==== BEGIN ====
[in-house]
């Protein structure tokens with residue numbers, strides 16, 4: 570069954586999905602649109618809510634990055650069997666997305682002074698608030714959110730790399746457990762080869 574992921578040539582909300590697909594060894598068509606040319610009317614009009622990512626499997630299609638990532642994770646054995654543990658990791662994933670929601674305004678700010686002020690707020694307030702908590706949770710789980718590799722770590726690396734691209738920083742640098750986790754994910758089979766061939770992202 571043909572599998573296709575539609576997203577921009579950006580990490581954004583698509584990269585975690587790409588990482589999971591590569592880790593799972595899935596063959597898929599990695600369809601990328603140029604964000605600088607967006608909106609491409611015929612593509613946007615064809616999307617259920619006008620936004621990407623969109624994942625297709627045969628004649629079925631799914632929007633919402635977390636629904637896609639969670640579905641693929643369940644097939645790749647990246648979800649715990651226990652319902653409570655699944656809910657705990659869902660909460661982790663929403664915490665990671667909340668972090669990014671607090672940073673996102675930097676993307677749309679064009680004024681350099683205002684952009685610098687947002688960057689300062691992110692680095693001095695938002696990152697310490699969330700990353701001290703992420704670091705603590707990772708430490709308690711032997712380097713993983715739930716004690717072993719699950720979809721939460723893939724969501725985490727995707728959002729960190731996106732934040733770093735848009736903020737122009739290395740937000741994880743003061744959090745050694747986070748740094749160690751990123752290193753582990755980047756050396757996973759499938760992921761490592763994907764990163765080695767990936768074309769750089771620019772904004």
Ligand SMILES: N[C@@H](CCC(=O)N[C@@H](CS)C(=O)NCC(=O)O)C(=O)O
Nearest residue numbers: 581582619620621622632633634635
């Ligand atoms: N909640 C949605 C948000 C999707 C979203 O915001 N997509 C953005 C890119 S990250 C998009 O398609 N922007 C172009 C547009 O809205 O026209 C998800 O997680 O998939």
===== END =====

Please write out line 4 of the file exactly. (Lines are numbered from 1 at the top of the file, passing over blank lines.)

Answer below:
Nearest residue numbers: 581582619620621622632633634635